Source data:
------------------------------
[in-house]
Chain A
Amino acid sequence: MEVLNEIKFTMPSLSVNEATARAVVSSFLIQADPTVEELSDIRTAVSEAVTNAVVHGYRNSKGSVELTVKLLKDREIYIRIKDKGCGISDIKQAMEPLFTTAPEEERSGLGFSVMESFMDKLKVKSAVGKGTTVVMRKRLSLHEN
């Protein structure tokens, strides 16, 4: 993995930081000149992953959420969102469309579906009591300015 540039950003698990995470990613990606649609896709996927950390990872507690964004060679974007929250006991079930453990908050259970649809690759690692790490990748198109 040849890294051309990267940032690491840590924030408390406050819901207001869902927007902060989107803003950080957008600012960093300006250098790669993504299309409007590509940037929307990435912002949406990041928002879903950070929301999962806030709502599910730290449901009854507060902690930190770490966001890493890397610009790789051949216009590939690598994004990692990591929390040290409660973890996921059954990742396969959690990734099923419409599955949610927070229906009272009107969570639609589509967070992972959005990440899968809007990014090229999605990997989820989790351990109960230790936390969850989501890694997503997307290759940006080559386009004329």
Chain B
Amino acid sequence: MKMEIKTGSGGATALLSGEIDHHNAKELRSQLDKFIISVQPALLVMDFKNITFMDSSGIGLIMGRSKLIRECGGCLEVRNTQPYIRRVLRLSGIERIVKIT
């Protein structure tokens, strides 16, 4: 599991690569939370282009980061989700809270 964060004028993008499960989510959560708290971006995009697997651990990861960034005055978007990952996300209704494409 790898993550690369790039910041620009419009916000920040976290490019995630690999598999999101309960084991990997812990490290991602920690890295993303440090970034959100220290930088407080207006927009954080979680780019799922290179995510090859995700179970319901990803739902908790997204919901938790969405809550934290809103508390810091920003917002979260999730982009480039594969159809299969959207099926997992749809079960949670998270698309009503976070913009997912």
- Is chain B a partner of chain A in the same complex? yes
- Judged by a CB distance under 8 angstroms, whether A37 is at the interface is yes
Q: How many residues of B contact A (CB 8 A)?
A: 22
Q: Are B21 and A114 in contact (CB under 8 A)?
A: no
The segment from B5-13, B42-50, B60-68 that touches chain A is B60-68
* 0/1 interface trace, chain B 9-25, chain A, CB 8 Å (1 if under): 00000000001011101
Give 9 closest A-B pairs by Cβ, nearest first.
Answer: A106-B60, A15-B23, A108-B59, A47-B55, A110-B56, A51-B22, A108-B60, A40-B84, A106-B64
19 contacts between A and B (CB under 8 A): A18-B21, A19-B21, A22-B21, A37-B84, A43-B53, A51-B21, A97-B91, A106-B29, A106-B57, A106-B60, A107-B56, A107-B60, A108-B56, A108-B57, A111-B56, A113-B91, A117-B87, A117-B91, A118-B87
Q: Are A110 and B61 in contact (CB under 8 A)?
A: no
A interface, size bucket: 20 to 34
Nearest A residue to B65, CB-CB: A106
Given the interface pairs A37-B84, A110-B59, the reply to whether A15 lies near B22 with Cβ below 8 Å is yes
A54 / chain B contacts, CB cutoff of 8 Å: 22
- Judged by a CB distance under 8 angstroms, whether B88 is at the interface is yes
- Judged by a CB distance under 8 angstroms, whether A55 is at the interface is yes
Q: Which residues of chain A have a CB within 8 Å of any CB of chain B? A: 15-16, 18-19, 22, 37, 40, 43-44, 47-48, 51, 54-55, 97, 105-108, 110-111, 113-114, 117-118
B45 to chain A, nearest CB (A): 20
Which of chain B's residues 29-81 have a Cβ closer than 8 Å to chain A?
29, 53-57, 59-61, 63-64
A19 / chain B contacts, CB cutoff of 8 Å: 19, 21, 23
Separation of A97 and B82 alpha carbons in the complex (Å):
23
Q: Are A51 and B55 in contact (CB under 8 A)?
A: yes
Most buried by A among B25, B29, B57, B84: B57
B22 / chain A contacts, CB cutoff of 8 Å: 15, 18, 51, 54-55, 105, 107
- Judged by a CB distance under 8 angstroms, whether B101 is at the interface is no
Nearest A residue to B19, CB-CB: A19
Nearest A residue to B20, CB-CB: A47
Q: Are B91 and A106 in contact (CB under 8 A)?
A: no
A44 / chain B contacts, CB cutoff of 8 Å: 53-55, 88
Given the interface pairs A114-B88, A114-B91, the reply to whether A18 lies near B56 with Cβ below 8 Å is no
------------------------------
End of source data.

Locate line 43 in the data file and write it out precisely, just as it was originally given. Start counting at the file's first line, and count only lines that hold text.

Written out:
A44 / chain B contacts, CB cutoff of 8 Å: 53-55, 88